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CARLSBAD, Calif. — Officials say bad behavior from some mountain bikers is leaving a North County nature preserve in rough shape, and the state’s Department of Fish and Wildlife is stepping up their efforts to both educate and enforce the law with trail users.

From destroying signs to carving out illegal trails, berms and jumps that disrupt animals and the area’s natural habitat, officials say the Carlsbad Highlands Ecological Reserve is under recurring abuse. Some illegal trails plow through areas that previously supported rare plants, while others disrupt the habitat of gnatcatchers, small, federally protected birds native to Southern California, officials said.

While the state acknowledged that misuse of the nature preserve is likely the product of a small group of bad actors, they released video evidence from over recent years on Saturday to bolster their claim that the issue has reached a breaking point.

The series of videos shows mountain bikers pushing, pulling, kicking and throwing signs that mark trails as closed or not for use by bikers.

New efforts to protect the area began over the weekend, with new signs installed and an increased presence of CDFW officers in the park to enforce existing laws on trail use.

“I believe the vast majority of the mountain biking community in San Diego County cares deeply about the environment and follows the law. That’s not what’s happening at the (reserve),” said Ed Pert, a CDFW manager.

“We’re dealing with vandals and trail poachers who take it upon themselves to build illegal trails and modify existing trails. These folks knowingly and willfully violate the law and the environment for their own amusement and personal gratification. Unfortunately, this group of bad actors is giving the entire mountain biking community here a bad name.”

In a lengthy response to the new emphasis on enforcing trail laws, the San Diego Mountain Biking Association said Fish and Wildlife has never done enough to develop a plan for trails in the area, which have been enjoyed by the public for decades.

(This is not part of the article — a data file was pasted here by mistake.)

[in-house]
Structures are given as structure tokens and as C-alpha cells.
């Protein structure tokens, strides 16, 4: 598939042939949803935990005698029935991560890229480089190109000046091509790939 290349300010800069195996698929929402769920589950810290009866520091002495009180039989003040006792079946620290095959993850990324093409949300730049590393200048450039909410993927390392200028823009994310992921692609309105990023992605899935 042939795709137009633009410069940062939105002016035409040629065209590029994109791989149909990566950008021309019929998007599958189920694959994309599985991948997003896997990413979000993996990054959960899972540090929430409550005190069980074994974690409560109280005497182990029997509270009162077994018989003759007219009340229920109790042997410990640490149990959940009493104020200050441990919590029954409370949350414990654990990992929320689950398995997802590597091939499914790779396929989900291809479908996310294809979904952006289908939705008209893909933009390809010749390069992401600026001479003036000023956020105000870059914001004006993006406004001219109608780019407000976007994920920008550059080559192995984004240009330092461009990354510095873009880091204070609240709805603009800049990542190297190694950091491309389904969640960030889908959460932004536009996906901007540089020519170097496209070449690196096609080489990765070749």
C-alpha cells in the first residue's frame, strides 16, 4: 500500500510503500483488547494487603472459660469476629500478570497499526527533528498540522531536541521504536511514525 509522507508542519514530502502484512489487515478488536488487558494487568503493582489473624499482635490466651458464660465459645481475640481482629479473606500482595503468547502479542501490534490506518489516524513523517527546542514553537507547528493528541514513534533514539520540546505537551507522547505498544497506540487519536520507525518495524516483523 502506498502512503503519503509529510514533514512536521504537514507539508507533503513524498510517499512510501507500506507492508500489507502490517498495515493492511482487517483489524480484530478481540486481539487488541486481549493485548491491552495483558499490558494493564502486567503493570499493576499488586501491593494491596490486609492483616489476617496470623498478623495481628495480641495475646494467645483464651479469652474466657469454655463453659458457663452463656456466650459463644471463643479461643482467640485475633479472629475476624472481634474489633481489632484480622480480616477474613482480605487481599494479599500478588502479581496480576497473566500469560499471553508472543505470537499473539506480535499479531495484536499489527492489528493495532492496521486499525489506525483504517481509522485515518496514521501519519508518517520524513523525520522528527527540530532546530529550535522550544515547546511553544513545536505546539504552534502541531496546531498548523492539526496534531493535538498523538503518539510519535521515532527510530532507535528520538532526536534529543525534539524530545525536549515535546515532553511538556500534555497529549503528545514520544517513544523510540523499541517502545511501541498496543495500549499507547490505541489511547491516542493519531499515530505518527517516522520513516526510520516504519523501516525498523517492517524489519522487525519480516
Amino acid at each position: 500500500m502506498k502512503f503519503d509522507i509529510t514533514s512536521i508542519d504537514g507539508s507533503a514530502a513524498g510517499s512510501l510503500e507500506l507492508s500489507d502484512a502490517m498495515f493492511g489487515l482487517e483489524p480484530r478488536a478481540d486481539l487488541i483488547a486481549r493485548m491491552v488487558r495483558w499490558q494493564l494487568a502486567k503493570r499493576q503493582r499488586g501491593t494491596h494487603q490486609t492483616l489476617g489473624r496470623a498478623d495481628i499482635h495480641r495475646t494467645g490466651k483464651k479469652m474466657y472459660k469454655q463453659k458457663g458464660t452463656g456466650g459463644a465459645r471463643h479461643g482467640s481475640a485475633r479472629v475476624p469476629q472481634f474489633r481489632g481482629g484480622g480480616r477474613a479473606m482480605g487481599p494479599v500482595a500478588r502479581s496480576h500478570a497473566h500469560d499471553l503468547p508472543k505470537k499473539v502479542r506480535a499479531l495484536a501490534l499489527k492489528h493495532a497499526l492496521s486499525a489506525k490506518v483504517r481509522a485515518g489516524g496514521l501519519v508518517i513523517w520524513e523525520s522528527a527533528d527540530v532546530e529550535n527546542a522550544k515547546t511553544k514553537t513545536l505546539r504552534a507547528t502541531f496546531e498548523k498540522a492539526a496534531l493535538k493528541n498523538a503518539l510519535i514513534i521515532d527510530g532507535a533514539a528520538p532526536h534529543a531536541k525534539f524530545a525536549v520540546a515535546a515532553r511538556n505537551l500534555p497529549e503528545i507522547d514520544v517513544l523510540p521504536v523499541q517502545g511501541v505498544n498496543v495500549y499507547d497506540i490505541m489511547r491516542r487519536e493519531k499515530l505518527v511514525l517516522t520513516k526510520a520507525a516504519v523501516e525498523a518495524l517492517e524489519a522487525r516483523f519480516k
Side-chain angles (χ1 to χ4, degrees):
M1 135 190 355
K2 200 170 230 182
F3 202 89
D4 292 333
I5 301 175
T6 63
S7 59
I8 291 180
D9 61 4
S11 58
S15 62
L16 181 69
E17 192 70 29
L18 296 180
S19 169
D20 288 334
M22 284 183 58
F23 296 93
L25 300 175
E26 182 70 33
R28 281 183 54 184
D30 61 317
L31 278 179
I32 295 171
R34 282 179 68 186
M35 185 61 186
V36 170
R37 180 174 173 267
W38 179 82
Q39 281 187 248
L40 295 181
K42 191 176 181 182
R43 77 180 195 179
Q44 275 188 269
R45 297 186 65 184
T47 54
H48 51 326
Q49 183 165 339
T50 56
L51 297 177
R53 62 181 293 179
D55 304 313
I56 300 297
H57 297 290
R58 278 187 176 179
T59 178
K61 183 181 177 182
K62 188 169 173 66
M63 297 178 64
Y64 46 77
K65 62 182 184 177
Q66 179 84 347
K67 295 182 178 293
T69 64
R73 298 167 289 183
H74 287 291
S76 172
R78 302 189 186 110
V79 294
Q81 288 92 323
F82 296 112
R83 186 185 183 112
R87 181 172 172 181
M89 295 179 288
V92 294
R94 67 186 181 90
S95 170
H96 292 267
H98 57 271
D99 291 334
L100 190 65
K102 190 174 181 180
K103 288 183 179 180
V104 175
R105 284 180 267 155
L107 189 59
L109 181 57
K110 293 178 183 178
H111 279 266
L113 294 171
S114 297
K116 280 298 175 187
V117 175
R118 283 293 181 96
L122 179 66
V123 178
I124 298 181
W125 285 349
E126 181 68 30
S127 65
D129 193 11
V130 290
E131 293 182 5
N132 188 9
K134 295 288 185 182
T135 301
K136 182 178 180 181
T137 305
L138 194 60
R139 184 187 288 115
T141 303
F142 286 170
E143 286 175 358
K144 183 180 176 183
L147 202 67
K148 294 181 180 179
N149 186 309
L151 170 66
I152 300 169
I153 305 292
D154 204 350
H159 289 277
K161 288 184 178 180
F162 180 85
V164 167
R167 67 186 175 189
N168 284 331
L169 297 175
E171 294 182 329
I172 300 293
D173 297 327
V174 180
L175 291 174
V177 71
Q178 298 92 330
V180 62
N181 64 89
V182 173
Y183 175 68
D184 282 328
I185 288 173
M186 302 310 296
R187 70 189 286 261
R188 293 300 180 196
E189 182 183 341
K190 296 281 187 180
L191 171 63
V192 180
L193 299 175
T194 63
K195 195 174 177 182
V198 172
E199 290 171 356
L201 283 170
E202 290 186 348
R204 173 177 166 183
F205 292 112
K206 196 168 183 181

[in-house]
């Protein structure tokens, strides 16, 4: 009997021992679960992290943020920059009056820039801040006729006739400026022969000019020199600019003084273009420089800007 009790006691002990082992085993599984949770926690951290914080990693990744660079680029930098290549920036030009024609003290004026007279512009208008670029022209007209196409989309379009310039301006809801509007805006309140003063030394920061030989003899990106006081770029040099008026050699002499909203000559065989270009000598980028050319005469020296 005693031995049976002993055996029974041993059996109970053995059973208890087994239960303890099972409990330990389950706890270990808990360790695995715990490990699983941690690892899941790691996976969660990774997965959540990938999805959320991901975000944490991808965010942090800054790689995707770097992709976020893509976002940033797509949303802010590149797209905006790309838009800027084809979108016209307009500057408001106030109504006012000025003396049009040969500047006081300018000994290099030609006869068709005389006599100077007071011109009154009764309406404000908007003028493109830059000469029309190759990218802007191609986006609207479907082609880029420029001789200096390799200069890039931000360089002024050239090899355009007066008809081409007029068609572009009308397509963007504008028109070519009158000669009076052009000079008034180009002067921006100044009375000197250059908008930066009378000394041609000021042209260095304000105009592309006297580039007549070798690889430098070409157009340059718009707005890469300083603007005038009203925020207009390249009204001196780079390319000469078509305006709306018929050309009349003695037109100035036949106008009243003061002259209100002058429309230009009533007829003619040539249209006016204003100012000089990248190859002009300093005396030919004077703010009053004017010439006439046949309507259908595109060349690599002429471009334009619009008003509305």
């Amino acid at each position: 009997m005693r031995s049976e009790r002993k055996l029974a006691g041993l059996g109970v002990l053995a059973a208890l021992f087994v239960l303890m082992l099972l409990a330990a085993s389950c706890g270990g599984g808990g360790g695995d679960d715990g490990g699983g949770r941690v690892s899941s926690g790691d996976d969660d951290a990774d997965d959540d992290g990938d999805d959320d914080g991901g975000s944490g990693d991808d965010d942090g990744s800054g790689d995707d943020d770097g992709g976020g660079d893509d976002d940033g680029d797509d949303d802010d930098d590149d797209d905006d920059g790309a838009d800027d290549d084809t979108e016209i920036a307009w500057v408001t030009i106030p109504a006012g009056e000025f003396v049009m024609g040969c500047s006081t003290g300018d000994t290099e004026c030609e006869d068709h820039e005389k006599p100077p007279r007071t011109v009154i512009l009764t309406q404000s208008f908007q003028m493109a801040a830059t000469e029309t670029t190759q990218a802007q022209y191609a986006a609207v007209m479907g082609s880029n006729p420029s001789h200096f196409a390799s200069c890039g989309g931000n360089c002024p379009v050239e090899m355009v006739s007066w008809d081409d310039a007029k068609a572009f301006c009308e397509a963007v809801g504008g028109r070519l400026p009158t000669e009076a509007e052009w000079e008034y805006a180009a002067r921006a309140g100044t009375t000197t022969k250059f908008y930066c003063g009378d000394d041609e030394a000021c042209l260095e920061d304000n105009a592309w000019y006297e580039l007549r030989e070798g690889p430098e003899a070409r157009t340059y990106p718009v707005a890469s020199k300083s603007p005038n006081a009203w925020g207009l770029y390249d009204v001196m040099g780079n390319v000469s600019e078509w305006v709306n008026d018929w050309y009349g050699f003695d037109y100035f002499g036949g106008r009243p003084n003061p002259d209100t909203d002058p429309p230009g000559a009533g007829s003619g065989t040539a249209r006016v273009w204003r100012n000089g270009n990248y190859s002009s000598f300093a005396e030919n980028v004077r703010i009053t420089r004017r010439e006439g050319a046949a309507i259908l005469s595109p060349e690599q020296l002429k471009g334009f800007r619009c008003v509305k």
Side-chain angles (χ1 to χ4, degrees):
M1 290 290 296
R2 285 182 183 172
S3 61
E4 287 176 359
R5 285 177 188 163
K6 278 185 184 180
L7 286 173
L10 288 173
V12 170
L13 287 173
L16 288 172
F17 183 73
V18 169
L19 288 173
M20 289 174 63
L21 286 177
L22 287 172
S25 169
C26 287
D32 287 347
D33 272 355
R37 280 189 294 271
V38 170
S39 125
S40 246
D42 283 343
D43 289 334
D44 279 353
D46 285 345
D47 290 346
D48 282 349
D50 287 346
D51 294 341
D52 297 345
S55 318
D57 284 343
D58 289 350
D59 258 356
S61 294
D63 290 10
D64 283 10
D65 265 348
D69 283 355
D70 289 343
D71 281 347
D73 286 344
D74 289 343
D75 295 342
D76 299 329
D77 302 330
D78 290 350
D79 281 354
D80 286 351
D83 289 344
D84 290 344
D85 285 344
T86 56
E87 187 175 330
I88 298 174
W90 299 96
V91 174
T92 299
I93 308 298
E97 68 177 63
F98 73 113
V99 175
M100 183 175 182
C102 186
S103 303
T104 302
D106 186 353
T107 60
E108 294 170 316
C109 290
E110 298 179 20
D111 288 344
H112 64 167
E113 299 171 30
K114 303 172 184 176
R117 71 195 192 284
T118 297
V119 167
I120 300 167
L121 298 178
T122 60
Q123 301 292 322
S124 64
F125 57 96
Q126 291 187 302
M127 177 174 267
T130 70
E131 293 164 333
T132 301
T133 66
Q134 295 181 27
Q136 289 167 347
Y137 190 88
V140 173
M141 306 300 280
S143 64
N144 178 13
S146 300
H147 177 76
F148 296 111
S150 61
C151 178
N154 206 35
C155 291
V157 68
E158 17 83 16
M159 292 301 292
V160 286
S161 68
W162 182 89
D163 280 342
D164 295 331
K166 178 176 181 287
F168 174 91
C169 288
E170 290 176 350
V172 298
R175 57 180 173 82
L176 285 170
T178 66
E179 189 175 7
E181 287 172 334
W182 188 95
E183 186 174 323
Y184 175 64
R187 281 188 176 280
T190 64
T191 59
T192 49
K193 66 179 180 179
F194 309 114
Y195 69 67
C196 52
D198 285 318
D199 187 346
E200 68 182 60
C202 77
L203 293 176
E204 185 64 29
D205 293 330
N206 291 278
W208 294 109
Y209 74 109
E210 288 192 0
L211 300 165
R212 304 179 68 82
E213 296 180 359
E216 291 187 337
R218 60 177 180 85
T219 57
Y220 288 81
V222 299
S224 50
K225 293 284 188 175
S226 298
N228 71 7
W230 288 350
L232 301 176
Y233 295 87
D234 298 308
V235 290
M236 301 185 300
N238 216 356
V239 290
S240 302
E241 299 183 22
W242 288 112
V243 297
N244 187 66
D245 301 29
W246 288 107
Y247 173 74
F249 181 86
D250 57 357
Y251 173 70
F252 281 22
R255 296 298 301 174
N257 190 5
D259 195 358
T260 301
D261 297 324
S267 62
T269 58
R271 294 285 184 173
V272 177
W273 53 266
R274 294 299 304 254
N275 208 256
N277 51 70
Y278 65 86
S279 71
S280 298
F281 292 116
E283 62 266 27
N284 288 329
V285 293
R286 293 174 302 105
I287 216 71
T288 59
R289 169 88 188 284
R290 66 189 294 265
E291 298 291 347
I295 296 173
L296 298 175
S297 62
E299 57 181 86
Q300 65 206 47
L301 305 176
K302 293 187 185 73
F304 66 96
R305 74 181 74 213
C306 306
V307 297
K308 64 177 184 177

“Periodic half-hearted attempts to manage the property failed to yield any semblance of a trails plan, and no attempt has been made to direct impacts to legal access points or established trails,” the group wrote in part, saying they readily acknowledge that the current “haphazard patchwork of trails” can have damaging effects on the ecosystem.

“Given the history of mountain bike use at CHER … it is highly unlikely that an outright ban on, and expulsion of, mountain bikes will be successful. Rather, such efforts will likely lead to a breakdown in cooperative inclination among user groups.”

Instead the association asked for officials to collaborate with the groups that regularly use the reserve to develop a plan for legal use that also mitigates the effect on the environment.

Wildlife officials acknowledged that mountain bikers were not the only issue facing the preserve, listing vandalism, theft, drone use, motorcycle use, horse-riding and off-leash dogs among other common violations that can impact the area’s delicate ecosystem. New enforcement efforts will target those violations, as well.

“CDFW has no interest in being punitive. We just want the illegal behavior to stop,” Pert said. “So we are getting the word out to anyone who might knowingly or unknowingly ride illegally on CHER. Please don’t ride there. You could be fined.”

“You don’t have to be disrespectful,” one mountain biker told FOX 5. “I think the best way to go about it is to ask them what the rules are and then how can I respect the law and enjoy the sport at the same time.”

The Carlsbad reserve covers 473 acres and was formally established as a reserve for sensitive species and habitats in 2000.